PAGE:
I REFER to Datuk Dr Ananda Kumaraseri's comment piece "A cut above most schools" (NST, Oct 19) He was referring to the prestigious Malay College Kuala Kangsar. Victoria Institution and Penang Free School were mentioned by the writer too.
These schools were said to have produced "a rich harvest of luminaries". I cannot agree more because having taught in Victoria Institution for two decades, I know too well the many products of this premier school as their photos are exhibited in the "roll of honour" gallery and the school museum. Outstanding scholars and sportsmen did the school and nation proud.
However, here I would like to mention my alma mater, the humble Sultan Ismail College in Kota Baru, Kelantan, which has also produced outstanding civil servants, corporate figures and diplomats.
Among them are the mediator in the peace deal between the Moro Islamic Liberation Front and the Philippines, Tengku Datuk Abdul Ghafar Muhammad, the Malaysian executive director of Asia-Pacific Economic Cooperation, Datuk Mohd Noor Yaacob (just retired) and Chief Justice Tun Ariffin Zakaria.
Upon reading the many accolades about the two diplomats who made headlines, I am duty-bound to highlight the low-profile college which has produced many high-profile yet humble public figures.
Sultan Ismail College, like Sultan Abdul Hamid College, Muar High School and many other premier schools in small towns, has played its role well.
These were all English-medium schools then and that explains how their products (with a high-level of English proficiency) could handle issues at international level brilliantly. The success of their diplomacy has got to do with the mastery of their field of work and the communication tool, that is English.
Nevertheless, I am not advocating that English-medium schools be re-introduced. Datuk Johan Jaaffar's "English can wait as nation-building takes hold" (NST, Oct 27 ) is a must-read.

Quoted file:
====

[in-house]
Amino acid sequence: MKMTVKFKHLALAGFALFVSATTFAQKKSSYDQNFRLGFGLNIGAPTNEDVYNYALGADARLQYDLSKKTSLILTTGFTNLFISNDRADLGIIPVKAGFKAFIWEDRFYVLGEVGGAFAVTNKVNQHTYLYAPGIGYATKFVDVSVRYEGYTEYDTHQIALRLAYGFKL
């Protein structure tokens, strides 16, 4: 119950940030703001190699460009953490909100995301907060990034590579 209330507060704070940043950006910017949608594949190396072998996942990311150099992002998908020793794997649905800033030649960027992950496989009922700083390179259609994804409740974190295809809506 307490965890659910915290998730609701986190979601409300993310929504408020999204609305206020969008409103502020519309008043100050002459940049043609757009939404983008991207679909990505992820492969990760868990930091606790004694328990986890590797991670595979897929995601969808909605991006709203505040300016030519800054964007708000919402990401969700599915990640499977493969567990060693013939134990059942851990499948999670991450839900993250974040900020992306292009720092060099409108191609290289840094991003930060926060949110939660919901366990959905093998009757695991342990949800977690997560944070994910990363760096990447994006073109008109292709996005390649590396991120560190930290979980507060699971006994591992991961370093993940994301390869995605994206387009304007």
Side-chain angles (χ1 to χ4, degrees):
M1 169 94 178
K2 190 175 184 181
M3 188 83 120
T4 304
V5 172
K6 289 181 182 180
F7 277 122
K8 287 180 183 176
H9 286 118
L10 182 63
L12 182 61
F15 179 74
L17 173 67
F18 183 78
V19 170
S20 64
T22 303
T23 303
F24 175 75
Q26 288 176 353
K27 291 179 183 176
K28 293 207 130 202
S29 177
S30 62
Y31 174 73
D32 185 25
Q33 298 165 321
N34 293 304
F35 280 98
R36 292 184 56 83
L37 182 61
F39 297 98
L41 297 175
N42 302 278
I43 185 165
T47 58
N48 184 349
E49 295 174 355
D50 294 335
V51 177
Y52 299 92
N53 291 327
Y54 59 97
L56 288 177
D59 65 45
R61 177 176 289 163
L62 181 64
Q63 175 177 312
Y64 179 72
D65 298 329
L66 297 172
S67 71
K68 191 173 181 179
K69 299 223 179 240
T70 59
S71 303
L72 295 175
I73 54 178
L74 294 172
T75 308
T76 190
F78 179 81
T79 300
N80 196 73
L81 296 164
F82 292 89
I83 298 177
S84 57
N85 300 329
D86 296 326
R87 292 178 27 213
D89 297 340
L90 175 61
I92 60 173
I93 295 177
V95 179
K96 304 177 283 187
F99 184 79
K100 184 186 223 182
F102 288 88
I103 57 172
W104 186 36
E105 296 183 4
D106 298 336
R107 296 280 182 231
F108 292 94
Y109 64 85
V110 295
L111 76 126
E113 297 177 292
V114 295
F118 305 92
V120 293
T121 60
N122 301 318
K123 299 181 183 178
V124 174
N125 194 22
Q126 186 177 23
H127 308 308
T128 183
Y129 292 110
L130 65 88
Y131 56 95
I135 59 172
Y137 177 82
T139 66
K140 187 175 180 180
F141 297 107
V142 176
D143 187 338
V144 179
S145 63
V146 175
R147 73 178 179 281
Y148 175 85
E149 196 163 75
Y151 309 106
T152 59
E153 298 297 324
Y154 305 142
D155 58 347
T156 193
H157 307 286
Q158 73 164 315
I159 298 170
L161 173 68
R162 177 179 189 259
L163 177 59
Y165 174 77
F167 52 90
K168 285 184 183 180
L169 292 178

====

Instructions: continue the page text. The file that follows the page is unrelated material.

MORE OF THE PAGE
In nation building, national language takes precedence above all else in Indonesia, and in Malaysia, it should be no different. However, we cannot expect the same formulae to be adopted in our country.
Indonesia has a different past, history and a homogeneous citizenry. They never had the Dutch language, let alone English, as the national language as the colonial master had a different policy altogether. The Dutch masters used Bahasa Indonesia in ruling the country for reasons they knew better. Malayans under the British had a different experience. We went to different schools by choice and English was taught in all schools. Those who went to English-medium schools had better job prospects and were more open in outlook. Today, to bring back English-medium schools would be turning back the clock and would not do justice to the independence achieved 55 years ago.
National schools with Bahasa Malaysia as the medium of instruction have more than performed except that the lack of English language skills caused some consequences.
The implementation of PPSMI (Teaching of Maths and Science in English) added value to national schools as it was to serve the purpose of strengthening the pursuit of knowledge in the sciences among the young generation as the country is moving towards achieving Vision 2020. In no way did it jeopardise the status of Bahasa Malaysia.
Upholding Bahasa Malaysia and Strengthening the English Language (MBMMBI) should thus be implemented with full fervour and supported by all.
This does not mean that PPMSI cannot be re-introduced. The majority of the rakyat do not expect English-medium schools to be re-introduced. After all, the switch was inevitable, but what is so wrong about teaching the two subjects in English?
It could well kill two birds with one stone. As for English-medium schools pursued by some, I would think that it is a distant dream. When having teachers who are very competent in the English language is an issue today, it will be near impossible to have teachers teaching history, geography, living skills, etc, in English. Those who are from English-medium schools are all retired.
In nation building, we should uphold Bahasa Malaysia and at the same time, strengthen English language. Everyone has to make an effort to speak and write in either Bahasa or English well.
As a retiree, I will continue to do my part in nation building via the social media and by advising kin, ex-students and friends to mind our language. I am rather sentimental when it comes to the beautiful language of our forefathers and the acquired language the colonial master left us.
They left us a treasure of poetry, idioms, proverbs and all. Let us revive their usage in our interaction. Above all, use good Bahasa Malaysia and English as much as we can.
Maimun Hussin, Kuala Lumpur New Straits Times Letters to the Editor Thursday, November 1, 2012